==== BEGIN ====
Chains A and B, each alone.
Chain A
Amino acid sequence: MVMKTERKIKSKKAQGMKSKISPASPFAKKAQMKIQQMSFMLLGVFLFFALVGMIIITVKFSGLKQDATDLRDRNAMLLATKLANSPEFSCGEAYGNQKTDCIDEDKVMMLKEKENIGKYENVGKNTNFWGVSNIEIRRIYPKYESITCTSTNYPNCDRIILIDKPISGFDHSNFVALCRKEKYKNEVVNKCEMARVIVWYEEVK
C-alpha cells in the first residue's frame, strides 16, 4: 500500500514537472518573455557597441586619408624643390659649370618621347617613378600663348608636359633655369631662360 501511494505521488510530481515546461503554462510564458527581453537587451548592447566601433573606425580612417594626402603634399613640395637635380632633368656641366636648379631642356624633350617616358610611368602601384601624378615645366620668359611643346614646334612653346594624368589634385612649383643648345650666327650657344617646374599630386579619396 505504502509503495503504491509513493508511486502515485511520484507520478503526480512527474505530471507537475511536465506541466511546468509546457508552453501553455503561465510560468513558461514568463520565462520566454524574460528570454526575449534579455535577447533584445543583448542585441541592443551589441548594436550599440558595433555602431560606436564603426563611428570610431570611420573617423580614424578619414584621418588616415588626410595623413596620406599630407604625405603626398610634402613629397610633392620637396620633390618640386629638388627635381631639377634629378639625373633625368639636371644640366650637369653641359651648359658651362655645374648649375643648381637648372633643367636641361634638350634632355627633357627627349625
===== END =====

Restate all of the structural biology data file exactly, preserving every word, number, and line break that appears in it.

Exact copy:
Chains A and B, each alone.
Chain A
Amino acid sequence: MVMKTERKIKSKKAQGMKSKISPASPFAKKAQMKIQQMSFMLLGVFLFFALVGMIIITVKFSGLKQDATDLRDRNAMLLATKLANSPEFSCGEAYGNQKTDCIDEDKVMMLKEKENIGKYENVGKNTNFWGVSNIEIRRIYPKYESITCTSTNYPNCDRIILIDKPISGFDHSNFVALCRKEKYKNEVVNKCEMARVIVWYEEVK
C-alpha cells in the first residue's frame, strides 16, 4: 500500500514537472518573455557597441586619408624643390659649370618621347617613378600663348608636359633655369631662360 501511494505521488510530481515546461503554462510564458527581453537587451548592447566601433573606425580612417594626402603634399613640395637635380632633368656641366636648379631642356624633350617616358610611368602601384601624378615645366620668359611643346614646334612653346594624368589634385612649383643648345650666327650657344617646374599630386579619396 505504502509503495503504491509513493508511486502515485511520484507520478503526480512527474505530471507537475511536465506541466511546468509546457508552453501553455503561465510560468513558461514568463520565462520566454524574460528570454526575449534579455535577447533584445543583448542585441541592443551589441548594436550599440558595433555602431560606436564603426563611428570610431570611420573617423580614424578619414584621418588616415588626410595623413596620406599630407604625405603626398610634402613629397610633392620637396620633390618640386629638388627635381631639377634629378639625373633625368639636371644640366650637369653641359651648359658651362655645374648649375643648381637648372633643367636641361634638350634632355627633357627627349625